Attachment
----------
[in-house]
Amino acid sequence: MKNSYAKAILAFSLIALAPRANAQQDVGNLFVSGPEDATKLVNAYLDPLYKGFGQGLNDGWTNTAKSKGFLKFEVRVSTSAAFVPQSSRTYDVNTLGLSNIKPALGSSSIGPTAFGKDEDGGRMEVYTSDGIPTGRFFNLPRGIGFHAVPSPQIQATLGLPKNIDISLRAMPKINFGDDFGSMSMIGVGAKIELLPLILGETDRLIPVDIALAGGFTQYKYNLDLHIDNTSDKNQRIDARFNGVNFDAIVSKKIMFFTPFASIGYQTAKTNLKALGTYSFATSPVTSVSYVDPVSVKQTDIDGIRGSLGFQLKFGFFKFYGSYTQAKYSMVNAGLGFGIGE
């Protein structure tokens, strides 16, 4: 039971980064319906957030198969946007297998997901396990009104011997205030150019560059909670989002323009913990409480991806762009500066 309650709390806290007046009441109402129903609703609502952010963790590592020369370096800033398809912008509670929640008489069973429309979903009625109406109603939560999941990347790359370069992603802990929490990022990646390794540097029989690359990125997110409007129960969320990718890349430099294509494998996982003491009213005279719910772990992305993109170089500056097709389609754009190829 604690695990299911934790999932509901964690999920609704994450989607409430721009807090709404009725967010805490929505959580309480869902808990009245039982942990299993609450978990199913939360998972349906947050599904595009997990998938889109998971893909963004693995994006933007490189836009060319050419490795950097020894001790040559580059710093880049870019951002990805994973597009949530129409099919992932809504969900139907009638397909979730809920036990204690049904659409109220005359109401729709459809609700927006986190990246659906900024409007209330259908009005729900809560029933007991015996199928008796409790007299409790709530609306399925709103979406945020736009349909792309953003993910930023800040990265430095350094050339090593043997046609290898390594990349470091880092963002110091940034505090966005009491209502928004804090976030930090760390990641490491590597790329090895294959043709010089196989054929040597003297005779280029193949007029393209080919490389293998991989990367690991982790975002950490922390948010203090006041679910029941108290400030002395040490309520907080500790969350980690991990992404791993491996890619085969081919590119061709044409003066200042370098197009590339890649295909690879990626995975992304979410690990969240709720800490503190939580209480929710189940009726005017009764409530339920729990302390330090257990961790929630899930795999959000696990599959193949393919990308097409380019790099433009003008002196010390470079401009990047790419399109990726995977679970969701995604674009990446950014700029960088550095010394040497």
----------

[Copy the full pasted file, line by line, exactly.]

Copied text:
[in-house]
Amino acid sequence: MKNSYAKAILAFSLIALAPRANAQQDVGNLFVSGPEDATKLVNAYLDPLYKGFGQGLNDGWTNTAKSKGFLKFEVRVSTSAAFVPQSSRTYDVNTLGLSNIKPALGSSSIGPTAFGKDEDGGRMEVYTSDGIPTGRFFNLPRGIGFHAVPSPQIQATLGLPKNIDISLRAMPKINFGDDFGSMSMIGVGAKIELLPLILGETDRLIPVDIALAGGFTQYKYNLDLHIDNTSDKNQRIDARFNGVNFDAIVSKKIMFFTPFASIGYQTAKTNLKALGTYSFATSPVTSVSYVDPVSVKQTDIDGIRGSLGFQLKFGFFKFYGSYTQAKYSMVNAGLGFGIGE
């Protein structure tokens, strides 16, 4: 039971980064319906957030198969946007297998997901396990009104011997205030150019560059909670989002323009913990409480991806762009500066 309650709390806290007046009441109402129903609703609502952010963790590592020369370096800033398809912008509670929640008489069973429309979903009625109406109603939560999941990347790359370069992603802990929490990022990646390794540097029989690359990125997110409007129960969320990718890349430099294509494998996982003491009213005279719910772990992305993109170089500056097709389609754009190829 604690695990299911934790999932509901964690999920609704994450989607409430721009807090709404009725967010805490929505959580309480869902808990009245039982942990299993609450978990199913939360998972349906947050599904595009997990998938889109998971893909963004693995994006933007490189836009060319050419490795950097020894001790040559580059710093880049870019951002990805994973597009949530129409099919992932809504969900139907009638397909979730809920036990204690049904659409109220005359109401729709459809609700927006986190990246659906900024409007209330259908009005729900809560029933007991015996199928008796409790007299409790709530609306399925709103979406945020736009349909792309953003993910930023800040990265430095350094050339090593043997046609290898390594990349470091880092963002110091940034505090966005009491209502928004804090976030930090760390990641490491590597790329090895294959043709010089196989054929040597003297005779280029193949007029393209080919490389293998991989990367690991982790975002950490922390948010203090006041679910029941108290400030002395040490309520907080500790969350980690991990992404791993491996890619085969081919590119061709044409003066200042370098197009590339890649295909690879990626995975992304979410690990969240709720800490503190939580209480929710189940009726005017009764409530339920729990302390330090257990961790929630899930795999959000696990599959193949393919990308097409380019790099433009003008002196010390470079401009990047790419399109990726995977679970969701995604674009990446950014700029960088550095010394040497």